11 December 2017
By JoAnna Wendel
Asteroids! As with many of my comics, the most challenging aspect was representing movement. In this comic, the movement I had to depict was air moving through a meteor, and then that meteor exploding. I also had to draw a meteor disintegrating, which was especially challenging.
For the air movement, I used blue arrows—I figured blue is commonly associated with air, and arrows are a good, simple way to show direction. I used two different colors of arrows to make it look a little more interesting and dynamic.
Exploding is a fairly simple action to depict. Everyone has an image of explosion from cartoons, so all I did was mimic that—a lot of reds, yellows, and oranges, with little bits of grey-colored meteor flying away (with black lines trailing behind those pieces to indicate movement). A little bit of super-hero-style onomatopoeia with “POW!” added some fun.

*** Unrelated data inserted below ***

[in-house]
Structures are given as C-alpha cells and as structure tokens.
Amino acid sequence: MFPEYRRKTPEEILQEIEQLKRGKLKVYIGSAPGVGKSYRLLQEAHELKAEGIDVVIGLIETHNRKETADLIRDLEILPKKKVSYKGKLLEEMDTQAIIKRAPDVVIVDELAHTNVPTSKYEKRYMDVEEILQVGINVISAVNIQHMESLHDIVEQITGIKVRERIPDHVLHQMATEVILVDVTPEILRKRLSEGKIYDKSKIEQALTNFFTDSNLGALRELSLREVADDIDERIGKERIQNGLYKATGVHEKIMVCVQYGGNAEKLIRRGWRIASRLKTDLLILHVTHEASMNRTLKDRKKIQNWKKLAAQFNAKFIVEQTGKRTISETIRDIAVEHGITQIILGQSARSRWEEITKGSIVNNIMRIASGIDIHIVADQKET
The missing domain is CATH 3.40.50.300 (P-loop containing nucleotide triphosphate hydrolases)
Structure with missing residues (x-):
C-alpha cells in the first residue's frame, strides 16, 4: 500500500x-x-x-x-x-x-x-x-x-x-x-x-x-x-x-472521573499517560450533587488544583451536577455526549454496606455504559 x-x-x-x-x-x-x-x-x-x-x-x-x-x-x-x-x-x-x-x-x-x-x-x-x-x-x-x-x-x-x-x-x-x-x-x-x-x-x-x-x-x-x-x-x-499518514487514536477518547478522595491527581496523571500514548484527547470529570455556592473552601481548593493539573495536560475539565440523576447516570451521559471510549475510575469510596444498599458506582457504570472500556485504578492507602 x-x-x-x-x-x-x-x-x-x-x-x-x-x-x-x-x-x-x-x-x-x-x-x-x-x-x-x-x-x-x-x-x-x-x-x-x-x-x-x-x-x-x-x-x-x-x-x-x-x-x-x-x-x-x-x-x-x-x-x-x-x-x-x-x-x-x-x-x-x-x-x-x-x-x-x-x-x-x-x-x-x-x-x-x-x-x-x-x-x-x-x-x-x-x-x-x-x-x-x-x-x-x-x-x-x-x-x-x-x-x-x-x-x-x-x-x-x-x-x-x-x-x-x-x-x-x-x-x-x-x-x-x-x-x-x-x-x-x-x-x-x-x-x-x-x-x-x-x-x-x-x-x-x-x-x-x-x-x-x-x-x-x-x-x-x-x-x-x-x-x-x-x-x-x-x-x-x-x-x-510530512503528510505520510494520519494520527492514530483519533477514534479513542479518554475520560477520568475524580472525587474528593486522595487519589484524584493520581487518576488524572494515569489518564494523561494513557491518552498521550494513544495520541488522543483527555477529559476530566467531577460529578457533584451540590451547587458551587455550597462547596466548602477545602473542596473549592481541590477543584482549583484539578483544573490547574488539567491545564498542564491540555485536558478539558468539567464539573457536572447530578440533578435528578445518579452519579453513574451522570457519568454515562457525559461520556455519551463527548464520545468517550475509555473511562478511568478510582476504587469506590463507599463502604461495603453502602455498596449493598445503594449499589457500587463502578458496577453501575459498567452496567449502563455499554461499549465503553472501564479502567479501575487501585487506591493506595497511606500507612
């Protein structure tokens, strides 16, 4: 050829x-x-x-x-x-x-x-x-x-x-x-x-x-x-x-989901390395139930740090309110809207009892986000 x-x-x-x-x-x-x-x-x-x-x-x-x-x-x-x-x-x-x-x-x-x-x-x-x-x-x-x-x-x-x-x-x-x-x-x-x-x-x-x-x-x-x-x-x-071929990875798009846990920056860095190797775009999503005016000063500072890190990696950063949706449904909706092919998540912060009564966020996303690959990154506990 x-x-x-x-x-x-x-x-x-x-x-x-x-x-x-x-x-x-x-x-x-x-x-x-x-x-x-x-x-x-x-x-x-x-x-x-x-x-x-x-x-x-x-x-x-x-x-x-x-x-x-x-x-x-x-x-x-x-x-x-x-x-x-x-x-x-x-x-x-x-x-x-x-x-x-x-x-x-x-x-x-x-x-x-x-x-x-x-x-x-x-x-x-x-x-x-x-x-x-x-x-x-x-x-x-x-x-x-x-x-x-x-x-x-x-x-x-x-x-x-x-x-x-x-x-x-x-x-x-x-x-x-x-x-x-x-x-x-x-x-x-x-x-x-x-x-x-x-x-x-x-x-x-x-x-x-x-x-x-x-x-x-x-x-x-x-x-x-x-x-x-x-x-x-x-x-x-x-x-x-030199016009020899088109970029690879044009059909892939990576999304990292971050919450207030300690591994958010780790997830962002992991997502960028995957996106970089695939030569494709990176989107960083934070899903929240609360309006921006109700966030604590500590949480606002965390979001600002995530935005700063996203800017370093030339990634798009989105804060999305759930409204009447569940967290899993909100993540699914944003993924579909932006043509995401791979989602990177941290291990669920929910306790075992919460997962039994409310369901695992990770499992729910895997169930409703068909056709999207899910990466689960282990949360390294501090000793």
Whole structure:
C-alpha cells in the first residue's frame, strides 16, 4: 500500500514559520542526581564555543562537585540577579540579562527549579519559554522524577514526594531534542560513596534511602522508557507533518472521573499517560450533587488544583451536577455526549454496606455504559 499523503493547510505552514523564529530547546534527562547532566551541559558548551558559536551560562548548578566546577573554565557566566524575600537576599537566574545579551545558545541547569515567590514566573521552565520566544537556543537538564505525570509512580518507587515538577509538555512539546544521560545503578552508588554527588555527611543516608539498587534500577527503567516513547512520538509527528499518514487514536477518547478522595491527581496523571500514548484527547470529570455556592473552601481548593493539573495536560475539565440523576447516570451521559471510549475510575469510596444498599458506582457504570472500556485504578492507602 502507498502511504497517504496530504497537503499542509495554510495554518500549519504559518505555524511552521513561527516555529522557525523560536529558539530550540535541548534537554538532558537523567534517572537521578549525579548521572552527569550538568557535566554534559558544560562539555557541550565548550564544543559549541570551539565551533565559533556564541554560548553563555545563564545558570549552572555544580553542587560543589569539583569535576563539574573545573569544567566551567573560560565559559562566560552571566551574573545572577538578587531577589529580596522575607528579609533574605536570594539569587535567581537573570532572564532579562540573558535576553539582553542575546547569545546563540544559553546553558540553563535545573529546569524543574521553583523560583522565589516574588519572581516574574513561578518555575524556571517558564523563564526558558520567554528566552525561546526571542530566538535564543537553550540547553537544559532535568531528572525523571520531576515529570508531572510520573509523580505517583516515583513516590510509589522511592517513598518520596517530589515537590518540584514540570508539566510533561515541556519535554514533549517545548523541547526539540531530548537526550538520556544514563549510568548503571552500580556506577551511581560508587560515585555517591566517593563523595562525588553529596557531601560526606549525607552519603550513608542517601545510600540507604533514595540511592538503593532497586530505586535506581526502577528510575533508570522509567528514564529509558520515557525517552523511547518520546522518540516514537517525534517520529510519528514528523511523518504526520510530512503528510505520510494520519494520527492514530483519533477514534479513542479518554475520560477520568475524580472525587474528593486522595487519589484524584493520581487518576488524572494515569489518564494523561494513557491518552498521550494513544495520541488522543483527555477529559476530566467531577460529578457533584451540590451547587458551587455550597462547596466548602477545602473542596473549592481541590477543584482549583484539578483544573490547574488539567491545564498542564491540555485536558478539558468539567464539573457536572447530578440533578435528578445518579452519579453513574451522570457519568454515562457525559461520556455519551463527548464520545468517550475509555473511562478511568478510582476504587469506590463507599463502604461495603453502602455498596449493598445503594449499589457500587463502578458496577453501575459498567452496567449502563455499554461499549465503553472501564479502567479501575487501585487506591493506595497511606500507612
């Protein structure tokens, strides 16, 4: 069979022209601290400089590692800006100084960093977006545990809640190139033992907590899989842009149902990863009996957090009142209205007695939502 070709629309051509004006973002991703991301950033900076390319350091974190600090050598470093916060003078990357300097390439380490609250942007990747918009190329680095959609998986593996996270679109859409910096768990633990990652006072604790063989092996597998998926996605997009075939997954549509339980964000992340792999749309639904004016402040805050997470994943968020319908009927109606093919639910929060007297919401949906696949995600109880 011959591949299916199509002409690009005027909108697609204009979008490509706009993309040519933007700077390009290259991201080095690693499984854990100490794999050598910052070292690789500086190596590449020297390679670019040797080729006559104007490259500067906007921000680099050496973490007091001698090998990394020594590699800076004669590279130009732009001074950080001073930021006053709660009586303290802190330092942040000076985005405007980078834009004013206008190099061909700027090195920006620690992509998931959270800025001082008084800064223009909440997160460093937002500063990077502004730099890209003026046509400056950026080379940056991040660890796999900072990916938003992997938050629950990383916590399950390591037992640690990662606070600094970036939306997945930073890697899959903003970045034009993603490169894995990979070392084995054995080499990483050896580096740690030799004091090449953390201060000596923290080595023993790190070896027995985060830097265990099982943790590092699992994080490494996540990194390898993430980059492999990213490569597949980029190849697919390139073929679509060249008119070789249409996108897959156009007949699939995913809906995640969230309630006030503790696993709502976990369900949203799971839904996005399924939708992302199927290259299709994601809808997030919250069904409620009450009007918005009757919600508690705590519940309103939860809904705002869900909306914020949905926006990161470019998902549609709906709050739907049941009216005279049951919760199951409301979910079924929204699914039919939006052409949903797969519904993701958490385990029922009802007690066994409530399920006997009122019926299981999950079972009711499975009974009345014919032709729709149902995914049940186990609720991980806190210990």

The disintegrating meteor was the hardest, and I’m not sure I captured it right even now. I didn’t want to draw an explosion, and disintegration seems like a less visually active process. I ended up drawing a bright splotch—I figured, that’s what it looks like in the sky, so it might work here.
As usual, I anthropomorphized the meteor itself, the Earth, and Earth’s atmosphere. I find that putting a face on things helps readers connect. And it’s fun.
-JoAnna Wendel is a science writer for Eos. Editor’s note: this comic is based on a poster presented Monday, 11 December at the American Geophysical Union’s annual Fall Meeting in New Orleans, La. Read the press release here.